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6 Trailer Tire Safety Tips

Posted On: May 27, 2011

bad trailer tiresHow old are the tires on your trailer? When was the last time they were replaced?

You can’t judge your tires by how they look. Trailer tires are only meant to last three to six years. Just because they look good and the tread looks brand new does not mean that the tires are not rotting away on the inside. Tires deteriorate over time whether you drive on them daily or just once a year.

Tire deterioration can happen from the UV rays from the sun, going over the allotted speed the tires can handle, going over the weight amount allotted for the trailer capacity and its tires, exceeding the maximum or falling under the minimum tire pressure of the tires, and finally, using products with petroleum distillates on your tires. All of these actions can cause your tires to deteriorate at a faster rate.

Here are 6 Trailer Tire Safety Tips to keeping your tires in good shape:
1. Use covers to protect your tires from the sun. The UV rays from the sun can crack and damage your tires. If your trailer is parked longer than a weekend, make sure to cover your tires with tire covers.

2. Make sure you know the MPH your tires are designed for. Trailers come with special trailer tires and the majority have a maximum speed rating of 65 MPH. By accelerating past that speed could cause serious damage to your tires, especially if your trailer is loaded down with weight.

blowen out tire

3. Make sure not to overload your trailer to over its capacity because your tires are affected too. The more pressure on your tires, the more stress you put on your tires. Especially if you are going over the maximum speed the tires can handle.

4. Keeping your tires at the correct tire pressure is essential to not only the health of your tires but to your load weight and speed. Improper tire inflation is the number one factor in tire failure. recommends inflating your tires to the maximum PSI stamped on the sidewall of the tire. Be aware of how the weather elements affect tire pressure. Higher elevations increase tire pressure as does warmer temperatures. Make sure to check your tires before hitting the road every time! Do a visual inspection for tire inflation, wear, bulging, cracking and anything that looks unusual.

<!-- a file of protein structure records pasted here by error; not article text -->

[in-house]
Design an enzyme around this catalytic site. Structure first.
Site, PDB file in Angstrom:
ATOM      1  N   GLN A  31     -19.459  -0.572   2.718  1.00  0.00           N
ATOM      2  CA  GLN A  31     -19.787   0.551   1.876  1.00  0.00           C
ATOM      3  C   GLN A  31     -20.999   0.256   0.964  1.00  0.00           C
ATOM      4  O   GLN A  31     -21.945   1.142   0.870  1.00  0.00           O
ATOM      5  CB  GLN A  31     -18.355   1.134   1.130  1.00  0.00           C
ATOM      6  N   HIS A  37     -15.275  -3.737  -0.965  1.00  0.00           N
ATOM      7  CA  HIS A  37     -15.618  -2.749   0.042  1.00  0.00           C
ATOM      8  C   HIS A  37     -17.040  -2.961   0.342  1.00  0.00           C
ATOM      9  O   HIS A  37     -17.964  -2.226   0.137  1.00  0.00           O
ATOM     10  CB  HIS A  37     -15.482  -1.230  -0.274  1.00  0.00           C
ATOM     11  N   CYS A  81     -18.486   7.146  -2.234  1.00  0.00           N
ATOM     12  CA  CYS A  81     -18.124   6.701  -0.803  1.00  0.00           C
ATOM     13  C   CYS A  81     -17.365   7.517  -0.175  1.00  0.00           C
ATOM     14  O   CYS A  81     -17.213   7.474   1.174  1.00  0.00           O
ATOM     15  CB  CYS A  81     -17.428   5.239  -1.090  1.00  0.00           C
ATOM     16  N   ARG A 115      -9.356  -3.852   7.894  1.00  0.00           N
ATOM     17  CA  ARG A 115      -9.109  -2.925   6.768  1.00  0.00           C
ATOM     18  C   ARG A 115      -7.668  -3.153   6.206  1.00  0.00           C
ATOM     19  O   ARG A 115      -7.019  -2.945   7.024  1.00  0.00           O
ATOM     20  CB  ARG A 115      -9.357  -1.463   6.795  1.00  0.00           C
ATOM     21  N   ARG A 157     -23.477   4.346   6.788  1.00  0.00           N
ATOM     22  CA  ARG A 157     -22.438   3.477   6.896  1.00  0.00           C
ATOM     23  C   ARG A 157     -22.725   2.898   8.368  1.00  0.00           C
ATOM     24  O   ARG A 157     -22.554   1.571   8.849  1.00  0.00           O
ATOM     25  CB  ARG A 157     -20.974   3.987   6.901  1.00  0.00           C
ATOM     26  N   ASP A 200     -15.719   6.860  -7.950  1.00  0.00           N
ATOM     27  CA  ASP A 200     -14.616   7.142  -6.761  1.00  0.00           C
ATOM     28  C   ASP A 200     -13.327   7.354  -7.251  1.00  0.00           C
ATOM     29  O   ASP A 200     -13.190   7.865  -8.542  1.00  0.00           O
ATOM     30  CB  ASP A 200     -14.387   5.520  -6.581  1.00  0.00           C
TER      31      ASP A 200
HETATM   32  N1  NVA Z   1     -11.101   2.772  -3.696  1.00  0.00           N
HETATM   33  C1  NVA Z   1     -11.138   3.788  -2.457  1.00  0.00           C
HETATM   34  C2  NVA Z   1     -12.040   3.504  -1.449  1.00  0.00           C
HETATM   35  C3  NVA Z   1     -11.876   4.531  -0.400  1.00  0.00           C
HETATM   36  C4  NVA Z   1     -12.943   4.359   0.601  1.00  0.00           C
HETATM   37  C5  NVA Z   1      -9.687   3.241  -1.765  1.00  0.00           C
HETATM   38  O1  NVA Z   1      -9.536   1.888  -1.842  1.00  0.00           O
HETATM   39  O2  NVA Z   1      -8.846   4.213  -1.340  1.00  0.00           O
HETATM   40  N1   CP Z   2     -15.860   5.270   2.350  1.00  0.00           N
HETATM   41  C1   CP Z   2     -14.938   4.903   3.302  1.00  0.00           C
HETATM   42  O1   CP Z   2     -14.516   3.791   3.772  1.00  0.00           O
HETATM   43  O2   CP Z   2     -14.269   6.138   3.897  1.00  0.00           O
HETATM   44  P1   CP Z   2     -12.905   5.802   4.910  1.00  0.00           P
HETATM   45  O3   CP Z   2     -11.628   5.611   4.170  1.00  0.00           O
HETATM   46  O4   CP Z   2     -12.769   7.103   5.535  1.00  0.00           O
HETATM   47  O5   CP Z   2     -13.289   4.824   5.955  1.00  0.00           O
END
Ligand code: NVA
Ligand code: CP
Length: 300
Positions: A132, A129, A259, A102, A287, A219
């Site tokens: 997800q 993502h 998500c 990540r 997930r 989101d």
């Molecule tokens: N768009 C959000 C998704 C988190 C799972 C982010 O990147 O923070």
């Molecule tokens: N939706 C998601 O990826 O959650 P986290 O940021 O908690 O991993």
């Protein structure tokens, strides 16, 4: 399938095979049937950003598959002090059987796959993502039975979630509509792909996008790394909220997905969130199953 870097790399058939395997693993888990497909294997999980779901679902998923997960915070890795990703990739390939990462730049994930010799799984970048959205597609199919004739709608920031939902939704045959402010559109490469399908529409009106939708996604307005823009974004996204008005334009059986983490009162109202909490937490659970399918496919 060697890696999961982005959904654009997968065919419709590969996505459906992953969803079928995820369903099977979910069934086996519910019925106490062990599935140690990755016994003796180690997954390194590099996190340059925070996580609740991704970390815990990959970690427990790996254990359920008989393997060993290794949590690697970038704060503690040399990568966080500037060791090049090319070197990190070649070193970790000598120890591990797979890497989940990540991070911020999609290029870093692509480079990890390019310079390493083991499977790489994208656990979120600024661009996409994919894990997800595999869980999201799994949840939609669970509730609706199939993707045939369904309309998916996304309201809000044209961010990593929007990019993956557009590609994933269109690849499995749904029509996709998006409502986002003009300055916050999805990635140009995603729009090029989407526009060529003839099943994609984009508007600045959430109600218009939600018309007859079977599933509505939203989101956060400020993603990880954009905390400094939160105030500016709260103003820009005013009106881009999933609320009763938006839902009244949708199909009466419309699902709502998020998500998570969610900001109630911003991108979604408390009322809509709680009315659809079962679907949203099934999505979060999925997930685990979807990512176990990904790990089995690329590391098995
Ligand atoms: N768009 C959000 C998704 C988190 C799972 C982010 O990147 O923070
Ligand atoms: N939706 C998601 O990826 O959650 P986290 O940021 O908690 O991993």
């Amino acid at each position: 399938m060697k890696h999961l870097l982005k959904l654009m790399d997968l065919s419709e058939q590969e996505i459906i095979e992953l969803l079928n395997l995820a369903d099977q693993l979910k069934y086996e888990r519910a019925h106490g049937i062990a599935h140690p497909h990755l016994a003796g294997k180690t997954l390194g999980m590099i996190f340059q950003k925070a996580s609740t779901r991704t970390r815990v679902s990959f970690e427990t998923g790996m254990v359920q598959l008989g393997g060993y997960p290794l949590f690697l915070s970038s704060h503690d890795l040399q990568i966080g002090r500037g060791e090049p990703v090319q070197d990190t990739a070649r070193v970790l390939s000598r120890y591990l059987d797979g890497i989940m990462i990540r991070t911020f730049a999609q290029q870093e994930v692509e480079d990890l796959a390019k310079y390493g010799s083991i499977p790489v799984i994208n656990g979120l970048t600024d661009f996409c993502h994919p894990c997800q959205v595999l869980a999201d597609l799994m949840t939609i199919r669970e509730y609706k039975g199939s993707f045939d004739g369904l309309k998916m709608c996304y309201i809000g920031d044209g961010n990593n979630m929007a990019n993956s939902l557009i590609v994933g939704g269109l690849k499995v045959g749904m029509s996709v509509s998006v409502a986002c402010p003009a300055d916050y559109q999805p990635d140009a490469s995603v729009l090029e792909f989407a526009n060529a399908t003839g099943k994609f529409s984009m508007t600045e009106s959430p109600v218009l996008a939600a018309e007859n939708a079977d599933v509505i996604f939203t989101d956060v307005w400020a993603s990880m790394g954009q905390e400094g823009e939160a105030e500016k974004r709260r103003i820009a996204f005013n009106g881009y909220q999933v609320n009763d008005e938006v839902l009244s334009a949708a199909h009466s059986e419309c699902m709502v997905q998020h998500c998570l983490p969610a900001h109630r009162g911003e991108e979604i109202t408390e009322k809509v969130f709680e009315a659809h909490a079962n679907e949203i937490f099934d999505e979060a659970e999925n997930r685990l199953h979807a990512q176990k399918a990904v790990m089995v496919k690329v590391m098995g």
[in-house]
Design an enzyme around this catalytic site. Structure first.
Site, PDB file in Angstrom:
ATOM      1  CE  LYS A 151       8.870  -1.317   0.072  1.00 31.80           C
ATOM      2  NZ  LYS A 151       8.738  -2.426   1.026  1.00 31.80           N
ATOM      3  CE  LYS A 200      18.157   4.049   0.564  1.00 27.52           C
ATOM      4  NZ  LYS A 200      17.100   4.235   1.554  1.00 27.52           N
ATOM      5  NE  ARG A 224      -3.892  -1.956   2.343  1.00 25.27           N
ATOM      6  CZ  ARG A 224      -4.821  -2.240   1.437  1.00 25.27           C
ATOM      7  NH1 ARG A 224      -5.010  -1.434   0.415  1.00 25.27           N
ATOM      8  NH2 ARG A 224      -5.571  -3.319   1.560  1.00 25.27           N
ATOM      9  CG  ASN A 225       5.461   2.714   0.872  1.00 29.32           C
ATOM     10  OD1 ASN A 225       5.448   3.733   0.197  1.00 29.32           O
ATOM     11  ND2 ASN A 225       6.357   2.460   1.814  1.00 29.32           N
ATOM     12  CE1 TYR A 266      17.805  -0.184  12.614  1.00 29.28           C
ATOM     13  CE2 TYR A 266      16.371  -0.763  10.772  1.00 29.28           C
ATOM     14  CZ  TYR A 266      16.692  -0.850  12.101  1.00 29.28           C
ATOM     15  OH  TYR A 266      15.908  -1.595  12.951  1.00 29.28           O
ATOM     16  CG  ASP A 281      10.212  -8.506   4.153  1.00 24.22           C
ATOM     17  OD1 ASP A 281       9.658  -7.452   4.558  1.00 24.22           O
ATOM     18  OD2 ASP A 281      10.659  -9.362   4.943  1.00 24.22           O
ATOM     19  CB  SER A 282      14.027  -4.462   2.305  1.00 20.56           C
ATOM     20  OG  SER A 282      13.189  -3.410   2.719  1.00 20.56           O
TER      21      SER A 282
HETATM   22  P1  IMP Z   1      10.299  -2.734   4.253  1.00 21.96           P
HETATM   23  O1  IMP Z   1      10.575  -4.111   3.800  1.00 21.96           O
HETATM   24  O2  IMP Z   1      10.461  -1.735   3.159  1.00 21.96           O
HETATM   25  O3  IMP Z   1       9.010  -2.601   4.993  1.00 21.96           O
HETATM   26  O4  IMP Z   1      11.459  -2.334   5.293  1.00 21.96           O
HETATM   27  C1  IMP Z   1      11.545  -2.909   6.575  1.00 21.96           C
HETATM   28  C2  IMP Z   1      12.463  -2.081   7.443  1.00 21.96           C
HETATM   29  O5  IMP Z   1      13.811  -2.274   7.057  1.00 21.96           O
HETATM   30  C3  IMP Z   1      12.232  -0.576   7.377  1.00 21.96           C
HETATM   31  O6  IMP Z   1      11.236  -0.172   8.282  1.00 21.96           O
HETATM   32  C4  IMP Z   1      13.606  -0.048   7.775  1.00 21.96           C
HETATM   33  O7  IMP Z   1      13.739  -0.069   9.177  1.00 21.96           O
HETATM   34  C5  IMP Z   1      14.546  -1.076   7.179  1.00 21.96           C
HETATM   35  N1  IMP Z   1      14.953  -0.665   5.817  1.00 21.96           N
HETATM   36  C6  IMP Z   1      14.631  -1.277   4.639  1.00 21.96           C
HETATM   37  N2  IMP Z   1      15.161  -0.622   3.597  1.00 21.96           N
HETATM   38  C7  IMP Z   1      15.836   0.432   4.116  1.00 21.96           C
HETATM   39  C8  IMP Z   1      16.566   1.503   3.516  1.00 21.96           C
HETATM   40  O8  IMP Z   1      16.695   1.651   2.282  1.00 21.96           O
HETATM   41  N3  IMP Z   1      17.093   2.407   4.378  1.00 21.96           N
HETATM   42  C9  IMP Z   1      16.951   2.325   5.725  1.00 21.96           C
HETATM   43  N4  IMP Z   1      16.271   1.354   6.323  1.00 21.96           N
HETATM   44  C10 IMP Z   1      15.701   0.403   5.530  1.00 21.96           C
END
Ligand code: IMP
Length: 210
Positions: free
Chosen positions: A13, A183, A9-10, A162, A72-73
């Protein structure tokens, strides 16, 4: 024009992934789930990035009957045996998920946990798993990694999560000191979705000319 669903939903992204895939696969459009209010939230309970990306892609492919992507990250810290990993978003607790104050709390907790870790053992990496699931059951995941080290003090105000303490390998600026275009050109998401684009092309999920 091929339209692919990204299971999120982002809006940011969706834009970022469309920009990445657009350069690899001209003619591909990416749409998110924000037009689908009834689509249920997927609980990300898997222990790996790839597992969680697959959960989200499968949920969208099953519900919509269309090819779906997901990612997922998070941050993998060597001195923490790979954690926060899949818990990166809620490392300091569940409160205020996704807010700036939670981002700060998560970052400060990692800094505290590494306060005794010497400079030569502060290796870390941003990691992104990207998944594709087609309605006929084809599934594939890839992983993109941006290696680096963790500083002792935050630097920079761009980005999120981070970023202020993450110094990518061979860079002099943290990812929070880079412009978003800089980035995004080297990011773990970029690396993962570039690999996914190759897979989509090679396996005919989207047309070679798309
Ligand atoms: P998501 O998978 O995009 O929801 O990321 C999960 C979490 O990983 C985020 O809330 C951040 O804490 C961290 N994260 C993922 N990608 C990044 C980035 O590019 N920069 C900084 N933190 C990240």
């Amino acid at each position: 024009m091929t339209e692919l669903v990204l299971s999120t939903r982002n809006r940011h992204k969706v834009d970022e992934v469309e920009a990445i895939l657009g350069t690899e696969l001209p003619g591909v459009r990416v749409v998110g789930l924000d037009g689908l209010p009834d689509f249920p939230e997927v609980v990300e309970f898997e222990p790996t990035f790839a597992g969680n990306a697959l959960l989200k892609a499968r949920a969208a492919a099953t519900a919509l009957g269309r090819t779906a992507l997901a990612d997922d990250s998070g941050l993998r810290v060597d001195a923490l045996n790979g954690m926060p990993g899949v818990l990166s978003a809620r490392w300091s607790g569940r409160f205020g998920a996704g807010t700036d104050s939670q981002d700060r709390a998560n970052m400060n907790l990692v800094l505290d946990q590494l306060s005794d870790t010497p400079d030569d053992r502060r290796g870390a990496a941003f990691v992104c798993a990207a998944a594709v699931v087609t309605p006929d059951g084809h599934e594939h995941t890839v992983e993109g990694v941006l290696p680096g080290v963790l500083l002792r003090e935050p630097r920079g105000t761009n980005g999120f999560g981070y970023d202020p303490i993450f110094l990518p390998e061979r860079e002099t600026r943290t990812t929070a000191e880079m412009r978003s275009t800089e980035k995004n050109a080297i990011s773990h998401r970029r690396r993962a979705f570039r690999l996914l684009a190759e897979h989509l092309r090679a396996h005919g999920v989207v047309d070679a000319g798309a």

5. Only use soap and water to clean your tires. Using protective chemicals that have petroleum distillates will weaken your tires strength.

6. Replace your tires every three to six years, regardless of the miles you’ve put on them or the tread depth. When we’re talking three to six years, we mean from the time when the tire was manufactured. Each tire has a date stamped on the sidewall stating the manufactured date. There is how to read one.

The date code looks something like this: DOT PDHH MLOR 3403.

The date code always starts with a DOT and ends with a 3 or 4 digit number. Those last numbers are the date code. The first two numbers indicate the week (out of 52) and the last one or two digits indicate the year it was manufactured in. So, from the date code above, 3403 means the 34th week of 2003, or the fourth week of August 2003. So, from that date, your tires would need to be replaced between August 2006 and August of 2009.

If you have any questions about your trailer tires or would like someone to inspect them, Bish’s RV would be happy to help you. Please call the nearest store to you for assistance.

**The information from this post was taken from RV Chat With Ron Fleming “How Old are the Tires on Your RV?”


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